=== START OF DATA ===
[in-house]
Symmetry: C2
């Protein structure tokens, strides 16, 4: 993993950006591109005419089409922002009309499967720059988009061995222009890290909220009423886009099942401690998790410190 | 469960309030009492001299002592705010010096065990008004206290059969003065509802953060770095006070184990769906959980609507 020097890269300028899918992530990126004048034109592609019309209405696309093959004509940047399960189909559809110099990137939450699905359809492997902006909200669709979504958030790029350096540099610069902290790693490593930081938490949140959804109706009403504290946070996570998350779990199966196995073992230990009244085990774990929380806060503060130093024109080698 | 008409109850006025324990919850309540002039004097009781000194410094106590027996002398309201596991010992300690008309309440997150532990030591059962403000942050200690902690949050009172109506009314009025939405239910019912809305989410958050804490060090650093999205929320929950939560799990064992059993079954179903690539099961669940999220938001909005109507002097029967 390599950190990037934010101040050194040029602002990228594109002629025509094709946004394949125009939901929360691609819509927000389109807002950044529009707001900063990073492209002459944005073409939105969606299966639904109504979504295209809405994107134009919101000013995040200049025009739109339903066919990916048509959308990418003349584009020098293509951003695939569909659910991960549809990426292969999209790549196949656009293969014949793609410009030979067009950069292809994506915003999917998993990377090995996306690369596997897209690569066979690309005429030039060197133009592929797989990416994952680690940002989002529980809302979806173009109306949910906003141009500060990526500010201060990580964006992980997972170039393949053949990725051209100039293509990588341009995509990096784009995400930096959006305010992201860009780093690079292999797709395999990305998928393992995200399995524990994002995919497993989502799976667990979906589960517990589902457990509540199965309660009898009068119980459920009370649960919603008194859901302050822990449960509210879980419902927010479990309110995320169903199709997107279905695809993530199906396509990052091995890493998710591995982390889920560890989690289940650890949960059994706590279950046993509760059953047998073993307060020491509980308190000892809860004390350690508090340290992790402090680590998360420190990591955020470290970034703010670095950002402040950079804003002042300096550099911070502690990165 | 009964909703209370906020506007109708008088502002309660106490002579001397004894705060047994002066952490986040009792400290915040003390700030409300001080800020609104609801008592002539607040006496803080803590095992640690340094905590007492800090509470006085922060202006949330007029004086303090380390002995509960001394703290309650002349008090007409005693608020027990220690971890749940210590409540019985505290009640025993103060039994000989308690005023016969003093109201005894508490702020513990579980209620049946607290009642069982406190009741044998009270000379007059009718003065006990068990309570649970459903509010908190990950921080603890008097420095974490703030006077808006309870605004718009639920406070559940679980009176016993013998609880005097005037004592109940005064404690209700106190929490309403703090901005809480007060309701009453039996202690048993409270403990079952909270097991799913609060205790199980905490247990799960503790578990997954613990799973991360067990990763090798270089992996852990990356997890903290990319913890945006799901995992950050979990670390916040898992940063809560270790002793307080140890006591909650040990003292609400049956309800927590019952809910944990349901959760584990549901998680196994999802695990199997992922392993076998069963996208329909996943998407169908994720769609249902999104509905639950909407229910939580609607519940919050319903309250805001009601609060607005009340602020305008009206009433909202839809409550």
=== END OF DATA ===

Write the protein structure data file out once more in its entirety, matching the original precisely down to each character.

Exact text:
[in-house]
Symmetry: C2
């Protein structure tokens, strides 16, 4: 993993950006591109005419089409922002009309499967720059988009061995222009890290909220009423886009099942401690998790410190 | 469960309030009492001299002592705010010096065990008004206290059969003065509802953060770095006070184990769906959980609507 020097890269300028899918992530990126004048034109592609019309209405696309093959004509940047399960189909559809110099990137939450699905359809492997902006909200669709979504958030790029350096540099610069902290790693490593930081938490949140959804109706009403504290946070996570998350779990199966196995073992230990009244085990774990929380806060503060130093024109080698 | 008409109850006025324990919850309540002039004097009781000194410094106590027996002398309201596991010992300690008309309440997150532990030591059962403000942050200690902690949050009172109506009314009025939405239910019912809305989410958050804490060090650093999205929320929950939560799990064992059993079954179903690539099961669940999220938001909005109507002097029967 390599950190990037934010101040050194040029602002990228594109002629025509094709946004394949125009939901929360691609819509927000389109807002950044529009707001900063990073492209002459944005073409939105969606299966639904109504979504295209809405994107134009919101000013995040200049025009739109339903066919990916048509959308990418003349584009020098293509951003695939569909659910991960549809990426292969999209790549196949656009293969014949793609410009030979067009950069292809994506915003999917998993990377090995996306690369596997897209690569066979690309005429030039060197133009592929797989990416994952680690940002989002529980809302979806173009109306949910906003141009500060990526500010201060990580964006992980997972170039393949053949990725051209100039293509990588341009995509990096784009995400930096959006305010992201860009780093690079292999797709395999990305998928393992995200399995524990994002995919497993989502799976667990979906589960517990589902457990509540199965309660009898009068119980459920009370649960919603008194859901302050822990449960509210879980419902927010479990309110995320169903199709997107279905695809993530199906396509990052091995890493998710591995982390889920560890989690289940650890949960059994706590279950046993509760059953047998073993307060020491509980308190000892809860004390350690508090340290992790402090680590998360420190990591955020470290970034703010670095950002402040950079804003002042300096550099911070502690990165 | 009964909703209370906020506007109708008088502002309660106490002579001397004894705060047994002066952490986040009792400290915040003390700030409300001080800020609104609801008592002539607040006496803080803590095992640690340094905590007492800090509470006085922060202006949330007029004086303090380390002995509960001394703290309650002349008090007409005693608020027990220690971890749940210590409540019985505290009640025993103060039994000989308690005023016969003093109201005894508490702020513990579980209620049946607290009642069982406190009741044998009270000379007059009718003065006990068990309570649970459903509010908190990950921080603890008097420095974490703030006077808006309870605004718009639920406070559940679980009176016993013998609880005097005037004592109940005064404690209700106190929490309403703090901005809480007060309701009453039996202690048993409270403990079952909270097991799913609060205790199980905490247990799960503790578990997954613990799973991360067990990763090798270089992996852990990356997890903290990319913890945006799901995992950050979990670390916040898992940063809560270790002793307080140890006591909650040990003292609400049956309800927590019952809910944990349901959760584990549901998680196994999802695990199997992922392993076998069963996208329909996943998407169908994720769609249902999104509905639950909407229910939580609607519940919050319903309250805001009601609060607005009340602020305008009206009433909202839809409550």